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Infectious Disease

CDC sending 50 specialists to West Africa

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Government health workers are seen during the administration of blood tests for the Ebola virus in Kenema, Sierra Leone, June 25, 2014.

As Ebola continues to spread in West Africa, the Centers for Disease Control and Prevention (CDC) plans to increase the response to an outbreak that has already killed over 700 people.

In a press conference Friday, CDC Director Dr. Tom Frieden announced that, over the next 30 days, they would be sending an additional 50 CDC disease control specialists into Guinea, Liberia and Sierra Leone. They will be epidemic intelligence service officers, epidemiologists and health communication experts.

“These individuals will help countries establish emergency operations centers that can develop a structured and effective way of addressing the outbreak,” he said.

The CDC is working closely with the World Health Organization (WHO) in their efforts.

While in the three hard-hit countries, the specialists will help strengthen the laboratory networks to improve efficiency of testing for the disease. Additionally, the CDC plans to educate individuals in these areas to do these functions for this outbreak and future threats.

“The objectives of our surge are really to improve the ability of the countries to manage the current outbreaks,” Frieden said. "We know how to control it: hospital infection control and stopping it at the source in Africa," Dr. Tom Frieden, director of the U.S. Centers for Disease Control and Prevention, said, speaking Sunday on ABC's "This Week."

On Saturday, American doctor Kent Brantly was brought back to the U.S. after contracting Ebola while working with humanitarian organization Samaritan’s Purse in Liberia. He was taken to Emory University Hospital where his condition is improving, according to recent reports.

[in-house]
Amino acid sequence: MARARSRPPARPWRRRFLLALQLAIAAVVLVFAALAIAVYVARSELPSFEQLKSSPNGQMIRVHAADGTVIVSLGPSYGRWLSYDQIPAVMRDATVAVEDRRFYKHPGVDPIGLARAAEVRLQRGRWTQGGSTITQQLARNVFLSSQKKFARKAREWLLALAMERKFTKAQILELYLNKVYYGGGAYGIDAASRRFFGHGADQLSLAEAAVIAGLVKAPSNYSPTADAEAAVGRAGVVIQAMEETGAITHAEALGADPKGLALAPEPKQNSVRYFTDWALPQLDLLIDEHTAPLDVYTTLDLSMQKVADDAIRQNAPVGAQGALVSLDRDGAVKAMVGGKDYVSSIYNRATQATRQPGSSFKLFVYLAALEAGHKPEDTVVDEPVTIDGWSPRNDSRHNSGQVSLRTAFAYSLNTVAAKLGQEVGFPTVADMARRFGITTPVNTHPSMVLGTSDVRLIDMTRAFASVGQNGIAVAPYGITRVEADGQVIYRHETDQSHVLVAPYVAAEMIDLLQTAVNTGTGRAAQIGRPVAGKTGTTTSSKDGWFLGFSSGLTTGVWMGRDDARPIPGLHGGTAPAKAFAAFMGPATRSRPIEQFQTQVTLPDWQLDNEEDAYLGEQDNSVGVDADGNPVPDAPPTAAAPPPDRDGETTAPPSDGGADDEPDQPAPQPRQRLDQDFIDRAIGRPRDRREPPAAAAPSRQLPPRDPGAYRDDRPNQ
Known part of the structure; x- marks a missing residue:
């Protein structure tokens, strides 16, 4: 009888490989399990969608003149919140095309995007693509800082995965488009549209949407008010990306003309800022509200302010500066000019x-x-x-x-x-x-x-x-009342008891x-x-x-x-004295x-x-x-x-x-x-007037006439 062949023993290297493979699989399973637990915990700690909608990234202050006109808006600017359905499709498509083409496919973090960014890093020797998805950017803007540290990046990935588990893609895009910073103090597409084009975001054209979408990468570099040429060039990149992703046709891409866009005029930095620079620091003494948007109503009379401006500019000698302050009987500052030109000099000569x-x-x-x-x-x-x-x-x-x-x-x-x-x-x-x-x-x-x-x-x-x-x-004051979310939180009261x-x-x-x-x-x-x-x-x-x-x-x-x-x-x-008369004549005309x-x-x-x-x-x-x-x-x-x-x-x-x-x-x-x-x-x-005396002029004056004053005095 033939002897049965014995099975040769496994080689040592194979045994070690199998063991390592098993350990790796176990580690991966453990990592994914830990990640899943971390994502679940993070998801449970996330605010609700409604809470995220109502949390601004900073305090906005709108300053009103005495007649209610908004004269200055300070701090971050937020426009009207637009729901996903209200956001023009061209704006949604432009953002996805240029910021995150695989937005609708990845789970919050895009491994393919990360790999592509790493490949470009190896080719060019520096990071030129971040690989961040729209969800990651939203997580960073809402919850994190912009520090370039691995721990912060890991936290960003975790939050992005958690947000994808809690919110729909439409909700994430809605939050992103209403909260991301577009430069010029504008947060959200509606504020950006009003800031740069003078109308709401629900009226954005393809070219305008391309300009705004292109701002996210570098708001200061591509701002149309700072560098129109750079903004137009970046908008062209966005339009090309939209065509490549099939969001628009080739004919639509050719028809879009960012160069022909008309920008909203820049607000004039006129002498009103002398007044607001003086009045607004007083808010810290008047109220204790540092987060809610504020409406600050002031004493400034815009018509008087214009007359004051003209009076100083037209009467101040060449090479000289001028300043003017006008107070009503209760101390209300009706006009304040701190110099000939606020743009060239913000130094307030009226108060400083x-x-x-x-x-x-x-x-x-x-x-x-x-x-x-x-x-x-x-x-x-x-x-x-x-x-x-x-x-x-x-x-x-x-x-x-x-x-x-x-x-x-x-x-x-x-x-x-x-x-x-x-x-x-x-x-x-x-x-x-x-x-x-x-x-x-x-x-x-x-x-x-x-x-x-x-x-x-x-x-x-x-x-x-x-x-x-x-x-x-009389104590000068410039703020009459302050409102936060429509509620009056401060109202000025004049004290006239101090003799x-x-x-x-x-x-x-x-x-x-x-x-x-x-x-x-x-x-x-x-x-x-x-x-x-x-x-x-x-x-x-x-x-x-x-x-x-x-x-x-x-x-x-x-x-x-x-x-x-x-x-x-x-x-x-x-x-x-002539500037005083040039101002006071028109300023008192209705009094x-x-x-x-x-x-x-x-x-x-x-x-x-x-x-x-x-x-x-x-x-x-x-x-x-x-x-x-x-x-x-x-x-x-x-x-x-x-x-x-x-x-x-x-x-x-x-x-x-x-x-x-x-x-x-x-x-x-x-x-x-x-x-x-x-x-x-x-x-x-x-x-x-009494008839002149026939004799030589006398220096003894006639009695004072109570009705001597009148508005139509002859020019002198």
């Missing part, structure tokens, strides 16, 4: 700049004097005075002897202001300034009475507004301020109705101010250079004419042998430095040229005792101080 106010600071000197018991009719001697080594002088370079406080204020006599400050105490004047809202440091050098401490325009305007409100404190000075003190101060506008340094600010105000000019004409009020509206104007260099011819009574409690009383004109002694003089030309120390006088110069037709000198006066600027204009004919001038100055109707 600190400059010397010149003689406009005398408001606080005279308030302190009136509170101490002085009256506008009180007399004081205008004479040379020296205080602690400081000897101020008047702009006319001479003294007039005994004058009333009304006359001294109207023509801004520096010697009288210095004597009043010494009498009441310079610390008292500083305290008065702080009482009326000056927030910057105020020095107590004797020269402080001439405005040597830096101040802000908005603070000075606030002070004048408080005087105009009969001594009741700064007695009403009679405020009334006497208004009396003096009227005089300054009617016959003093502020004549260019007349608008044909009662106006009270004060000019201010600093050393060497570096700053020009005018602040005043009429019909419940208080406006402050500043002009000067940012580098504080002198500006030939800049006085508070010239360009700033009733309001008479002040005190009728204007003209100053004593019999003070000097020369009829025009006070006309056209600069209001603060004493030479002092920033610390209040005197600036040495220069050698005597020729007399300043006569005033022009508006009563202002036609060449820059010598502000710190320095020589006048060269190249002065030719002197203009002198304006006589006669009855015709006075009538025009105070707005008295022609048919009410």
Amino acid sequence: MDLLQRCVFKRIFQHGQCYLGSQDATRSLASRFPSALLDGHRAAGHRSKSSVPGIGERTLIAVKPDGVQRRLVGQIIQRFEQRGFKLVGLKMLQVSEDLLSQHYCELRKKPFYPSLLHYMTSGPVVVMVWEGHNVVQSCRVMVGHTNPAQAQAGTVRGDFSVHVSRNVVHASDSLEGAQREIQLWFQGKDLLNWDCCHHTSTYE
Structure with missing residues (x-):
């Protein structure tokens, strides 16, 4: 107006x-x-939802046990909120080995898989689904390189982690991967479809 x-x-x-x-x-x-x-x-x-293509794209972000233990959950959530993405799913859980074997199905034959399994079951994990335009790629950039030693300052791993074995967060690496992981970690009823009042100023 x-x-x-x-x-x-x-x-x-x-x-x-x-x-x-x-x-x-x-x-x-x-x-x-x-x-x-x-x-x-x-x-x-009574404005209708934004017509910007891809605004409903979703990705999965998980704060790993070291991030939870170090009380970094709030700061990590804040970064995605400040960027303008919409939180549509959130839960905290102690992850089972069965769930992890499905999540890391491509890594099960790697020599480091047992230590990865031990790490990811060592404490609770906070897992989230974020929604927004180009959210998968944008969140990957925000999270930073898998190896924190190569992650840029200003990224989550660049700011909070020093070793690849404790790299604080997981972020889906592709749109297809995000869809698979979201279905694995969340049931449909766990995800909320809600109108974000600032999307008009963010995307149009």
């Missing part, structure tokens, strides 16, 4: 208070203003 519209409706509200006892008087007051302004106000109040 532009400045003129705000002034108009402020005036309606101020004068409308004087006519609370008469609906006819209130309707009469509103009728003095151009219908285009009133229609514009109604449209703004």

"It's encouraging that he seems to be improving - that's really important - and we're hoping he'll continue to improve," Frieden said.

A second infected American and Brantly’s colleague, Nancy Writebol, is expected to be flown to the U.S. for treatment on Tuesday.

Frieden said he is not concerned that Ebola will spread in the U.S.

“In Africa, burial rites where people who have very large quantities of virus and have died from Ebola can be a major way of spread of a disease. But in this country, we are confident that we will not have significant spread of Ebola, even if we were to have a patient with Ebola here,” he said.

On Monday, Liberian health authorities ordered that all Ebola victims must be cremated as the virus showed no sign of slowing down. At least 17 bodies have been abandoned on Monrovia's streets in recent days, according to health officials.

Ebola is a highly fatal disease, but it does not spread easily from person to person, according to the CDC. The virus is most often transmitted through bodily fluids, meaning that the highest risk for becoming infected lies with the medical staff treating the patients.

Reuters contributed to this report.